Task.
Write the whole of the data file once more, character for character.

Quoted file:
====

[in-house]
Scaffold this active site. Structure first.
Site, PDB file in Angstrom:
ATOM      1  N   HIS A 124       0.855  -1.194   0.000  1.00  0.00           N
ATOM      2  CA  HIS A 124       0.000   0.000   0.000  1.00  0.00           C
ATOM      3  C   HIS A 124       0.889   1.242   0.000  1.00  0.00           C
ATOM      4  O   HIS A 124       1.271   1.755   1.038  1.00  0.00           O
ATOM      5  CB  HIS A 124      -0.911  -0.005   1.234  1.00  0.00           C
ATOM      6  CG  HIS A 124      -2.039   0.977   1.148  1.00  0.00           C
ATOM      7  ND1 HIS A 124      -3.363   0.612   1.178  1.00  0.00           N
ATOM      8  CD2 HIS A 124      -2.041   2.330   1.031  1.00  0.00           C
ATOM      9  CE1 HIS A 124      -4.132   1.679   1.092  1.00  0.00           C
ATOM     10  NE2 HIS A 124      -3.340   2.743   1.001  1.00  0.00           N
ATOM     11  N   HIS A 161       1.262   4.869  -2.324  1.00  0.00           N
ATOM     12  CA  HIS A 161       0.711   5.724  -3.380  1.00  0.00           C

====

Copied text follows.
[in-house]
Scaffold this active site. Structure first.
Site, PDB file in Angstrom:
ATOM      1  N   HIS A 124       0.855  -1.194   0.000  1.00  0.00           N
ATOM      2  CA  HIS A 124       0.000   0.000   0.000  1.00  0.00           C
ATOM      3  C   HIS A 124       0.889   1.242   0.000  1.00  0.00           C
ATOM      4  O   HIS A 124       1.271   1.755   1.038  1.00  0.00           O
ATOM      5  CB  HIS A 124      -0.911  -0.005   1.234  1.00  0.00           C
ATOM      6  CG  HIS A 124      -2.039   0.977   1.148  1.00  0.00           C
ATOM      7  ND1 HIS A 124      -3.363   0.612   1.178  1.00  0.00           N
ATOM      8  CD2 HIS A 124      -2.041   2.330   1.031  1.00  0.00           C
ATOM      9  CE1 HIS A 124      -4.132   1.679   1.092  1.00  0.00           C
ATOM     10  NE2 HIS A 124      -3.340   2.743   1.001  1.00  0.00           N
ATOM     11  N   HIS A 161       1.262   4.869  -2.324  1.00  0.00           N
ATOM     12  CA  HIS A 161       0.711   5.724  -3.380  1.00  0.00           C